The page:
Susan Sontag opens her luminous essay Illness as Metaphor by observing that “Illness is the night-side of life, a more onerous citizenship. Everyone who is born holds dual citizenship, in the kingdom of the well and in the kingdom of the sick. Although we all prefer to use only the good passport, sooner or later each of us is obliged, at least for a spell, to identify ourselves as citizens of that other place.”
For the past two years I have inhabited that other place. It’s not my intention to write at length, or frequently, about my disease – Angela does that so admirably in her site – but there are a few messages I’d like to pass back to those of you who still inhabit the sunnier side.
Chronic illness completely takes over your life. You don’t realise it at first – you expect that, as with previous episodes, your indisposition will pass and you will resume normal existence. My travails started with a persistent and exhausting chest infection which I only discovered, far too late, had been undiagnosed pneumonia. As a result, I spent about four months, on and off, as a hospital inpatient – including two or three weeks in intensive care – and am now a regular outpatient for ongoing observation, and if necessary further treatment, of this condition and also at another hospital for leukaemia, which was diagnosed while I was an in-patient.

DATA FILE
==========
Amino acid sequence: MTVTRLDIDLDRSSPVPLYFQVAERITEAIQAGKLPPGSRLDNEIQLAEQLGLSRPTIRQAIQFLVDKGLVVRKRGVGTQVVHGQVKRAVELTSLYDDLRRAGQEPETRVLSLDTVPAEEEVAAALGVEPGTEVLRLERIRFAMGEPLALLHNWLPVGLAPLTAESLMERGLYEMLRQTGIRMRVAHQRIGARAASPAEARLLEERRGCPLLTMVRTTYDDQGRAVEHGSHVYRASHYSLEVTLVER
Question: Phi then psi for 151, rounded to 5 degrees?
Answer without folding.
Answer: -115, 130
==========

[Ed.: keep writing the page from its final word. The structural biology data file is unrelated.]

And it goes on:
The standard of medical care which has been lavished on me by my NHS consultants and their teams is superb and beyond praise. But it is the whole business of being an outpatient which I find increasingly tedious and burdensome. Fortunately, my two hospitals are close to one another, but in a distant part of
What is irksome above all is the waiting. Patients do indeed have to be patient, and their partners or companions have to be even more patient. We have to arrive at least half an hour before my appointment time in order for me to give a blood sample, after which we wait, in company with many other patient patients and their supporters, for the doctors. They are usually running something like an hour late. That is not their fault and I do not blame them – I would far rather they were doing their job thoroughly and giving each patient adequate time, which they do, than that they were skimping and rushing to keep up with a timetable.
But it’s all pretty wearisome, and I shall have to go on enduring it for the rest of my life, so far as I can see. I hope that none of you ever find yourselves in similar situations.